Today, I picked up two promising books from the library: Photography and the Art of Seeing and Photographing the World Around You, both by Freeman Patterson.
Why? By accident, mostly. I was actually looking for a book on comic book art. I was reading an article talking about the graphic-novel-inspired compositions that are used to film Heroes, and I wanted to see if I could incorporate some of these elements in my photography.
But I didn’t find anything that interested me. So I started poking around the photography section instead, and found these books. I’ve just started the first, and one of the things that Patterson talks about is freely experimenting. And, of course, with a digital camera, there’s absolutely no reason not to.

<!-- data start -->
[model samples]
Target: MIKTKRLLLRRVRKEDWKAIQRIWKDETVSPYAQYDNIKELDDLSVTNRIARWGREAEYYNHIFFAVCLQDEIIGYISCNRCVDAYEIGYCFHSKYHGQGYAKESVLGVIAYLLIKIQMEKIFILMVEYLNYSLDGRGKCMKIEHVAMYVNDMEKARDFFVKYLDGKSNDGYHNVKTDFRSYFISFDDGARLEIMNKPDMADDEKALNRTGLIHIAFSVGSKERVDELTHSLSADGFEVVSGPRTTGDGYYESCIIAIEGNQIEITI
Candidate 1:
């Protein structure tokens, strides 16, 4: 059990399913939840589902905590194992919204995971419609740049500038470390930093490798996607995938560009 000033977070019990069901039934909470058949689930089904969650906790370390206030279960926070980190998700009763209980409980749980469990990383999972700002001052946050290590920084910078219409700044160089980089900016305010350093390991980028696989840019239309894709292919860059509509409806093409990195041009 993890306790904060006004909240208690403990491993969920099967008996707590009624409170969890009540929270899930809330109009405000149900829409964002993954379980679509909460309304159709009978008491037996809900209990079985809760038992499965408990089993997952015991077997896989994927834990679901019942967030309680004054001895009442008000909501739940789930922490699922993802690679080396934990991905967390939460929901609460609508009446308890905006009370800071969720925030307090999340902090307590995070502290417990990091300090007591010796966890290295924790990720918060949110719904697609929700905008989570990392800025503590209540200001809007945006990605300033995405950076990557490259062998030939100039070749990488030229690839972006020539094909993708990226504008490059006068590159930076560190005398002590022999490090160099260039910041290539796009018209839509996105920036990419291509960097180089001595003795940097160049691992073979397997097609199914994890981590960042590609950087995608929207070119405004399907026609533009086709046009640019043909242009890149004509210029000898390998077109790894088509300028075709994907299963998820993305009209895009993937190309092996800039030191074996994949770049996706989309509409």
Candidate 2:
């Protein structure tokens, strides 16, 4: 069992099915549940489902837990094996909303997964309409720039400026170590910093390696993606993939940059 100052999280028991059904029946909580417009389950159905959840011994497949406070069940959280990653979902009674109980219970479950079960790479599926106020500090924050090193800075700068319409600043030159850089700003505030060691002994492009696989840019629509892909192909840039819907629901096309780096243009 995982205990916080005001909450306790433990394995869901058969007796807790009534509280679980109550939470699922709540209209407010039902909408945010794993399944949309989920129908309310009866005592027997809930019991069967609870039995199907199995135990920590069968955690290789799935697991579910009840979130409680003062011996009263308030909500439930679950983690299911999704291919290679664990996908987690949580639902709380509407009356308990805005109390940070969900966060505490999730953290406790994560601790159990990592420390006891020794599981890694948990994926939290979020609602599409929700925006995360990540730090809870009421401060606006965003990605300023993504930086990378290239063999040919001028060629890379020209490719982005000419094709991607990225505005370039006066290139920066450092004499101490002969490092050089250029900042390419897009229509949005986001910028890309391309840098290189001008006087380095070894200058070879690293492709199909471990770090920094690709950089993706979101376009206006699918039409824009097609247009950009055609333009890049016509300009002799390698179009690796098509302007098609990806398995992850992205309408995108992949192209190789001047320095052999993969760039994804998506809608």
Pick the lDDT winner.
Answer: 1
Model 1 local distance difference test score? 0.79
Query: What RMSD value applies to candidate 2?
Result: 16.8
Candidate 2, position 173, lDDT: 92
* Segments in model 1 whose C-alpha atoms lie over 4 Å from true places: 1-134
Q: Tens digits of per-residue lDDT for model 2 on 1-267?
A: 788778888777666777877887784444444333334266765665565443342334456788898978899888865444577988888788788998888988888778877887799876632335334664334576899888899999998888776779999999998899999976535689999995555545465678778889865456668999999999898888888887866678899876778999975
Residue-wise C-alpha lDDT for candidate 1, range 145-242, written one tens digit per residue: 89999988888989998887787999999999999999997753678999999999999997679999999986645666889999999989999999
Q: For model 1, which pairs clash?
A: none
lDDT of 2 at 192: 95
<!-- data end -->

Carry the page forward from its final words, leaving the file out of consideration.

The experiment that interested me the most was over/underexposing photos by 3 stops. And, while I feel the results were interesting and taught me something, I don’t think I got anything worth posting. But I did get two other pictures.
The first was inspired (loosely) by a story Patterson told about photographing spiderwebs. He mentions trying different angles and composition with the goal of capturing the emotive impact of the spiderweb, not just a documentary recording of the web’s shape. As I was reading this, the fading light was shining through some potted plants by our front window, and I took a dozen pictures of one of the plants. The result:
The second picture I got was of a small porcelain leopard that I’ve photographed many times, but this shot’s different that others that I’ve taken:
I’m fairly happy with both shots, not really because of the final results, but because of things I tried and learned along the way.